Although time will tell the actual impact of the lost trees, the par-4 ninth played to a 3.85 average on Day 1 and was the 14th toughest hole; while the par-4 10th had a 4.03 average and was the sixth toughest on Thursday. Both of those averages were higher than they were for Round 1 last year.

Augusta’s loss, Wells Fargo gain. Dustin Johnson’s 11th-hour withdrawal from last week’s Masters with an ailing back was certainly not a best-case scenario for either the world No. 1 or the year’s first major, but that episode has added a measure of excitement to next month’s Wells Fargo Championship.

Because this year’s PGA Championship will be played at Quail Hollow in Charlotte, N.C., the Wells Fargo has relocated to a new venue in Wilmington, N.C., a logistical necessity that has had a negative impact on the field.

Earlier this week Johnson announced he plans to return to the Tour at the Wells Fargo, joining the likes of Phil Mickelson and Adam Scott, giving the event a much-needed boost.


Missed Cut

Out with the off-season. In recent years players, the press and fans have lamented the lack of any real off-season in golf with the introduction of the wrap-around schedule in 2014.

This might be tough to fathom, but there’s going to be even less time off this fall.

The Tour announced this week the dates for the CJ Cup, a limited-field event that will be played in South Korea. According to various sources and many tournaments’ own websites, the addition of the Asian event will shorten an already abbreviated off-season.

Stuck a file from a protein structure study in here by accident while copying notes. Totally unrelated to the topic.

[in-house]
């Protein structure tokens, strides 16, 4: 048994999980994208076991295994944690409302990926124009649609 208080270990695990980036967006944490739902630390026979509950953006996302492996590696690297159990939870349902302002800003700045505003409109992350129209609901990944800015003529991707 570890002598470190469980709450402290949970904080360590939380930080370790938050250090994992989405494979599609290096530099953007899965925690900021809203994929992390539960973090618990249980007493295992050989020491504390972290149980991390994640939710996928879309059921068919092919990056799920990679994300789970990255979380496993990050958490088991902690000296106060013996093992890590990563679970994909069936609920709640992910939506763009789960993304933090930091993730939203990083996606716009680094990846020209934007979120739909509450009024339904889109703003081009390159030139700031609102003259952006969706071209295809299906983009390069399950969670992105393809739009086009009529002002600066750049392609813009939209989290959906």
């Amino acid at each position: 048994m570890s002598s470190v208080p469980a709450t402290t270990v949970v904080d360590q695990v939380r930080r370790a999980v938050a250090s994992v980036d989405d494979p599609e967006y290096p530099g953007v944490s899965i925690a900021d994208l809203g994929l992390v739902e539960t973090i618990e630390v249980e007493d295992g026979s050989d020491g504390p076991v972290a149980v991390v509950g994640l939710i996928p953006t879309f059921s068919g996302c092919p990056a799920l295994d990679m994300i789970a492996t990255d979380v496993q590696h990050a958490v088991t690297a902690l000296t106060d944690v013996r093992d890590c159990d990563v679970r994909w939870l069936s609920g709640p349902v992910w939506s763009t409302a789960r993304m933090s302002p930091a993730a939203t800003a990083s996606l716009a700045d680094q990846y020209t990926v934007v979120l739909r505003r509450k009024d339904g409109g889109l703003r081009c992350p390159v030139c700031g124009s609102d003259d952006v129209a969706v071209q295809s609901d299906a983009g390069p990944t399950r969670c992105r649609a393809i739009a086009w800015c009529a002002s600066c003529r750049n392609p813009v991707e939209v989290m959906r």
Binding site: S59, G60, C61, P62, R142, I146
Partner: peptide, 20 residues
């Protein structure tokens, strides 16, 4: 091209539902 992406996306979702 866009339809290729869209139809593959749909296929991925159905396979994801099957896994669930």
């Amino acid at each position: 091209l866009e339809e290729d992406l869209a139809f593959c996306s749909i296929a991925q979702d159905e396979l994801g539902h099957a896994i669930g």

The last two years there have been two weeks between the Tour Championship in September and the start of the new season. But this fall there is only one week between seasons, with players going directly from East Lake to the Presidents Cup (Sept. 28-Oct. 1) followed by the season opener at the Safeway Open (Oct. 5-8).

From there the Tour will go to Asia for three events – CIMB Classic, CJ Cup and WGC-HSBC Champions – before returning to the United States to finish the year at the RSM Classic (Nov. 16-19).

Rumors of a dramatic schedule overhaul that would see the Tour season end on Labor Day continue to build. If the alternative is an off-season that spans the life expectancy of a mayfly those changes can’t get here soon enough.

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Lesson with Woods fetches $210K for Harvey relief

By Will GrayDecember 13, 2017, 2:51 pm

A charity event featuring more than two dozen pro golfers raised more than $1 million for Hurricane Harvey relief, thanks in large part to a hefty price paid for a private lesson with Tiger Woods.

The pro-am fundraiser was organized by Chris Stroud, winner of the Barracuda Championship this summer, and fellow pro and Houston resident Bobby Gates. It was held at Bluejack National in Montgomery, Texas, about an hour outside Houston and the first Woods-designed course to open in the U.S.

The big-ticket item on the auction block was a private, two-person lesson with Woods at Bluejack National that sold for a whopping $210,000.

Other participants included local residents like Stacy Lewis, Patrick Reed and Steve Elkington as well as local celebrities like NBA All-Star Clyde Drexler, Houston Texans quarterback T.J. Yates and Houston Astros owner Jim Crane.